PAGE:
Everyone can lament the margin of England’s defeat at Trent Bridge but maybe not the outcome itself. Beyond the dressing rooms the idea of any side taking a 3-0 lead in a five-match series is stultifying. So, as the circus descends on the Ageas Bowl, the series is alive with England 2-1 up and only a fool can regard the result of the fourth Test as a foregone conclusion. All the pointers led to an England victory at Nottingham and they lost by 203 runs. There is plenty to excite.
Thursday’s match is the third Test to be played at Hampshire’s out-of-town ground. The first, in 2011, against Sri Lanka was a rain-interrupted draw; England won the second against India in 2014 by 266 runs.
Then Moeen Ali took eight wickets in a high-scoring match, in which Gary Ballance and Ian Bell hit big hundreds. It was Jos Buttler’s first Test, so too that of Pankaj Singh, who has not been able to maintain such a high profile as his fellow debutant. Alastair Cook’s side arrived at Southampton stung by defeat in the previous Test and clinically blew India away. Somehow it feels that it will not be so straightforward for England this time. Runs were easier to come by in that series.
Ed Smith, almost for the first time in his brief career as chief selector, has resisted any surprising, eye-catching call-ups. He might have ditched one of his openers, Keaton Jennings being more vulnerable than Cook even though he has mustered 14 more runs in this series (and 94 in total) than his senior partner. In fact, Cook’s run-drought may have assisted Jennings’s survival.
Jonny Bairstow has been England’s highest run-scorer in the series, which helps to explain his inclusion even though he has a minor fracture of the middle finger on his left hand. That injury was obviously unfortunate but it may enhance the chances of a change that has already been considered by the England setup.
They can see the virtue of Buttler taking the gloves on a more permanent basis, not necessarily because he is a better keeper but to allow Bairstow to bat higher up the order. Bairstow has always wanted to continue as keeper, perhaps as an insurance policy, which the England hierarchy insists he does not need.
So it is possible Bairstow could appear at the Ageas Bowl as a specialist batsman, though this may not be a great idea. It is easy to underestimate the perils of playing when not 100% fit. Sod’s Law often applies: that ball that jumps off the pitch inevitably hits the injured finger, a nasty bounce in the outfield does the same even when the fielder is on the boundary. Moreover, for the player concerned there is always the nagging doubt of underperforming and failing to do oneself justice when playing while carrying an injury.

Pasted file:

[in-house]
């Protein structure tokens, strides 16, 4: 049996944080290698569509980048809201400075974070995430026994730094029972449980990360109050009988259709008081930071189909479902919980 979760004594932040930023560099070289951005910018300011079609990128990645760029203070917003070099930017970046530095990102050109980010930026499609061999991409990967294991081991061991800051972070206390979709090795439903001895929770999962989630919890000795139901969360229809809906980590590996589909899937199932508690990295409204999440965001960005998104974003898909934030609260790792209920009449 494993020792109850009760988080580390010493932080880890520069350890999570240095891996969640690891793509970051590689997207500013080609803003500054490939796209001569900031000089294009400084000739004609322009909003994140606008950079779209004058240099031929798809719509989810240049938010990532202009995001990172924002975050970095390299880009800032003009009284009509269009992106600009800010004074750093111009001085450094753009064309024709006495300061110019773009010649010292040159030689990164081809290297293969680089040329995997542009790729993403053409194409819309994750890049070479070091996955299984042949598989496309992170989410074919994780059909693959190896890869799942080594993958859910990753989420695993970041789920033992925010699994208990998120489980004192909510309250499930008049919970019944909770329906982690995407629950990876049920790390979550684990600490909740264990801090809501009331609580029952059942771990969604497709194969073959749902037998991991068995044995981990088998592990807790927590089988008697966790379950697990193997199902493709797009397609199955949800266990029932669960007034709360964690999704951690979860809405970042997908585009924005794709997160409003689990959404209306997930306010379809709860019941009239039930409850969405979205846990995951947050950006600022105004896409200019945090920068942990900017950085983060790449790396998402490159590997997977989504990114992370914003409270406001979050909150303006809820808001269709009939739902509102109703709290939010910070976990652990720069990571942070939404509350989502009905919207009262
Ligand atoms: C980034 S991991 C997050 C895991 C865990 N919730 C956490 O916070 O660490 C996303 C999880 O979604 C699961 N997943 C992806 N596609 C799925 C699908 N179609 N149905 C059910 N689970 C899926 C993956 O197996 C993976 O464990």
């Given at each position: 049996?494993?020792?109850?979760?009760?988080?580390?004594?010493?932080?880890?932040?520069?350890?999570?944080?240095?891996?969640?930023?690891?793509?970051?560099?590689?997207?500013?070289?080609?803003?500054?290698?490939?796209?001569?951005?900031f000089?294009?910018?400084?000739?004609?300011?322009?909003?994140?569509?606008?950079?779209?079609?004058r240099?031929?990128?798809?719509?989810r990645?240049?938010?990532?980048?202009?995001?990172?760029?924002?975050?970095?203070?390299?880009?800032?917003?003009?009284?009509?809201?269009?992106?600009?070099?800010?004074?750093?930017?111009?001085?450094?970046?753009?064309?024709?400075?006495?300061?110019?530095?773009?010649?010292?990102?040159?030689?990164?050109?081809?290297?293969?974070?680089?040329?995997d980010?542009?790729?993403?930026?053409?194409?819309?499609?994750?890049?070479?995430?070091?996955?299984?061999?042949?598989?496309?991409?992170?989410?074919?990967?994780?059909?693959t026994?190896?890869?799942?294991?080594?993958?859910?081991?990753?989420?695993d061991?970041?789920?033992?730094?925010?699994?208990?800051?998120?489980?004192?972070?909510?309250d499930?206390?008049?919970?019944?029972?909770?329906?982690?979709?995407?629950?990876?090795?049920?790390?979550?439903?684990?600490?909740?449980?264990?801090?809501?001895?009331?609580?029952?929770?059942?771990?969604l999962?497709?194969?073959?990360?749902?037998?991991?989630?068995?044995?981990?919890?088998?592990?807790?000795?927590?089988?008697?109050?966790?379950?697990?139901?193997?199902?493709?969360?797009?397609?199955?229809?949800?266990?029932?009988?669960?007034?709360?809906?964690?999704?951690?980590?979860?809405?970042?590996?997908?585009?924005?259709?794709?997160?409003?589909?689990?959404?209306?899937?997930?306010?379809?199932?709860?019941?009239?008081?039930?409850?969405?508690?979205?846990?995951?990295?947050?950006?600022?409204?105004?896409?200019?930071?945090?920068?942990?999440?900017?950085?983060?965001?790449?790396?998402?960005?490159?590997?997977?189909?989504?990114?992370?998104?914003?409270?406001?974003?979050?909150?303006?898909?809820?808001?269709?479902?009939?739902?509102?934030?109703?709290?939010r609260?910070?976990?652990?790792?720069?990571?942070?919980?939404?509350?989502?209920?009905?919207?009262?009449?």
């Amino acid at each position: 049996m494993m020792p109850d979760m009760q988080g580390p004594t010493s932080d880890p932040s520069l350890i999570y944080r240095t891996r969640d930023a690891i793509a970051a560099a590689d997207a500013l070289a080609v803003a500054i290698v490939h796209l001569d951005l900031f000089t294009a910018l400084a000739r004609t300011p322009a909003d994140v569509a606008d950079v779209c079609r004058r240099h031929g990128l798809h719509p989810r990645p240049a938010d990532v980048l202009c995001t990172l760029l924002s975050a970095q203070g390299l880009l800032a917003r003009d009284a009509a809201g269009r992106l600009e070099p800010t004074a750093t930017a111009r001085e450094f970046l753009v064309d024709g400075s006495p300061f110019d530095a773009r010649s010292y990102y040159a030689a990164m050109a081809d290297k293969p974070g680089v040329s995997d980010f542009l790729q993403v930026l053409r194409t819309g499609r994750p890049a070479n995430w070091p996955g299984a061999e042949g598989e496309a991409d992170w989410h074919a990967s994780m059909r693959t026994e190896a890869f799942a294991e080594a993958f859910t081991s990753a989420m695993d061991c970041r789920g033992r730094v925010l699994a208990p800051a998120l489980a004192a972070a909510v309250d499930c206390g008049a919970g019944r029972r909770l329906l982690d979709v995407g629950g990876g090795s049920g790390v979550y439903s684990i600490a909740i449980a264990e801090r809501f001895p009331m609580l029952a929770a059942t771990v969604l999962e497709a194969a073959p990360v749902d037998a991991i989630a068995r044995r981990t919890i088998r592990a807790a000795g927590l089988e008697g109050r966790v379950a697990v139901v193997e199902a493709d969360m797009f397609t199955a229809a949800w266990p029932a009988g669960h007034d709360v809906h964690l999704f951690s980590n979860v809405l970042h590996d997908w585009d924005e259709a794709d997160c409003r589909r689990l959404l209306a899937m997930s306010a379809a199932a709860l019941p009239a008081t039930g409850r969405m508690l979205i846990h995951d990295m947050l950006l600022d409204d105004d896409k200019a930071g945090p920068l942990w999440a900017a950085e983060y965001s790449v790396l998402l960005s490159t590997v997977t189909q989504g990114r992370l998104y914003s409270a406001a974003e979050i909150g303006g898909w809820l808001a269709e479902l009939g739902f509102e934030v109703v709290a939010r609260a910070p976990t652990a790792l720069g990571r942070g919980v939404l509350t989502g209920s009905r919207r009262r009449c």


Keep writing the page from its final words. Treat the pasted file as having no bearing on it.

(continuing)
The long-term challenge for the England setup may be to persuade Bairstow of the virtue of becoming a specialist batsman up the order. In fact, this is a good time to do it. This winter the tours are in Sri Lanka and the West Indies; the former has always been a venue to favour spinners, the latter has become something similar in recent years.
In Sri Lanka especially the best place to bat is at the top of the order when the ball is hard and the pace bowlers are more likely to be in action. It becomes trickier to take charge at the crease in the middle of the innings when the spinners are happily in harness. The idea of inviting Bairstow to emulate his white-ball role as an opening batsman in Test cricket has some merit and for him the most attractive place to try this would be Sri Lanka.
James Vince is in the squad at his home ground as cover for Bairstow and he is accustomed to batting at No 3. If he plays, then Joe Root may revert to No 4, which would result in Ollie Pope dropping down the order – or out of the side. In fact, the latter course is more likely, since the argument to play Moeen is strong. He has hit a rich vein of form with bat and ball. It would seem daft not to tap into that just to maintain the notion of consistent selection.
Moeen would probably have to replace Pope or Adil Rashid, which highlights that the toughest selectorial decisions for this Test will be made, not by Smith, but by Root and Trevor Bayliss, who have the final say on who plays in the XI before the match begins.
India do not have so many selectorial puzzles. Even so, Virat Kohli, the outstanding batsman in the series by a massive margin – he has scored twice as many runs as anyone else and faced twice as many deliveries – may yet keep his record by changing his Test team for the 46th time in a row. It is possible that Bhuvneshwar Kumar, now fit again, may replace Mohammed Shami, while there remain doubts about the fitness of Ravichandran Ashwin.
For once the place of Hardik Pandya will not be open for discussion. He has enhanced his status as an all-rounder in this series, while demonstrating how it is possible for excellence in T20 cricket to be transferred to the five-day game if the ambition is there. Indeed, in a topsy-turvy week perhaps the most heartening news for those who cherish Test cricket came when Buttler said after scoring his maiden Test century at Trent Bridge: “This is definitely my proudest moment in an England shirt.”